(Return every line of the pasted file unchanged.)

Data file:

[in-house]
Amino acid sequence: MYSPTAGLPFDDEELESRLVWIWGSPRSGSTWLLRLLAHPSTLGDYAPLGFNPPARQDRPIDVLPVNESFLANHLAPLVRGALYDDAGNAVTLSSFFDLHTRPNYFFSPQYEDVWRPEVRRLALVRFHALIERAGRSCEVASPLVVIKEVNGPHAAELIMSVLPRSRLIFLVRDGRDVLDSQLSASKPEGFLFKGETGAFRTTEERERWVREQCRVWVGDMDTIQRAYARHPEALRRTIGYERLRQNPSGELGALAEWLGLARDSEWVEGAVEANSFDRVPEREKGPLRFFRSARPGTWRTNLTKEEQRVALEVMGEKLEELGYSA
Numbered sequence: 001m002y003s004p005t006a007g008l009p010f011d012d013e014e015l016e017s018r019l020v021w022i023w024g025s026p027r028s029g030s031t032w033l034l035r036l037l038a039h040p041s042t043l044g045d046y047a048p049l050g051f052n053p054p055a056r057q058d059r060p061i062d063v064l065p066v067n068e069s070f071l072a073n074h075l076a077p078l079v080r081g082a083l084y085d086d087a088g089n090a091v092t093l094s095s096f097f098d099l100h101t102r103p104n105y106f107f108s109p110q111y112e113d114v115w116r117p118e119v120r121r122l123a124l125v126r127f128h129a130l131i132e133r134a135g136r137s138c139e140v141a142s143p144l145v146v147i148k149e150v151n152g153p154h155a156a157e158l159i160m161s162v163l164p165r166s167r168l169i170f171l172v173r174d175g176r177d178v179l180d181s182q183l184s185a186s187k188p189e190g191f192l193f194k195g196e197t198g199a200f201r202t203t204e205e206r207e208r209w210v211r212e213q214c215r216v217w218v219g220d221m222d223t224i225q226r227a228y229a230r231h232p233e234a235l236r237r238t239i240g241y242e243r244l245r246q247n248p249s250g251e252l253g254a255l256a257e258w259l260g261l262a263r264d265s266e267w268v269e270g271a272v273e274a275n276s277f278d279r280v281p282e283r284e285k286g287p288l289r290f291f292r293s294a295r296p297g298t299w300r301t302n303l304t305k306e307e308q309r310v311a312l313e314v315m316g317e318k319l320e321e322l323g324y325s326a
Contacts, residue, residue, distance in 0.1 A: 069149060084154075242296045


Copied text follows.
[in-house]
Amino acid sequence: MYSPTAGLPFDDEELESRLVWIWGSPRSGSTWLLRLLAHPSTLGDYAPLGFNPPARQDRPIDVLPVNESFLANHLAPLVRGALYDDAGNAVTLSSFFDLHTRPNYFFSPQYEDVWRPEVRRLALVRFHALIERAGRSCEVASPLVVIKEVNGPHAAELIMSVLPRSRLIFLVRDGRDVLDSQLSASKPEGFLFKGETGAFRTTEERERWVREQCRVWVGDMDTIQRAYARHPEALRRTIGYERLRQNPSGELGALAEWLGLARDSEWVEGAVEANSFDRVPEREKGPLRFFRSARPGTWRTNLTKEEQRVALEVMGEKLEELGYSA
Numbered sequence: 001m002y003s004p005t006a007g008l009p010f011d012d013e014e015l016e017s018r019l020v021w022i023w024g025s026p027r028s029g030s031t032w033l034l035r036l037l038a039h040p041s042t043l044g045d046y047a048p049l050g051f052n053p054p055a056r057q058d059r060p061i062d063v064l065p066v067n068e069s070f071l072a073n074h075l076a077p078l079v080r081g082a083l084y085d086d087a088g089n090a091v092t093l094s095s096f097f098d099l100h101t102r103p104n105y106f107f108s109p110q111y112e113d114v115w116r117p118e119v120r121r122l123a124l125v126r127f128h129a130l131i132e133r134a135g136r137s138c139e140v141a142s143p144l145v146v147i148k149e150v151n152g153p154h155a156a157e158l159i160m161s162v163l164p165r166s167r168l169i170f171l172v173r174d175g176r177d178v179l180d181s182q183l184s185a186s187k188p189e190g191f192l193f194k195g196e197t198g199a200f201r202t203t204e205e206r207e208r209w210v211r212e213q214c215r216v217w218v219g220d221m222d223t224i225q226r227a228y229a230r231h232p233e234a235l236r237r238t239i240g241y242e243r244l245r246q247n248p249s250g251e252l253g254a255l256a257e258w259l260g261l262a263r264d265s266e267w268v269e270g271a272v273e274a275n276s277f278d279r280v281p282e283r284e285k286g287p288l289r290f291f292r293s294a295r296p297g298t299w300r301t302n303l304t305k306e307e308q309r310v311a312l313e314v315m316g317e318k319l320e321e322l323g324y325s326a
Contacts, residue, residue, distance in 0.1 A: 069149060084154075242296045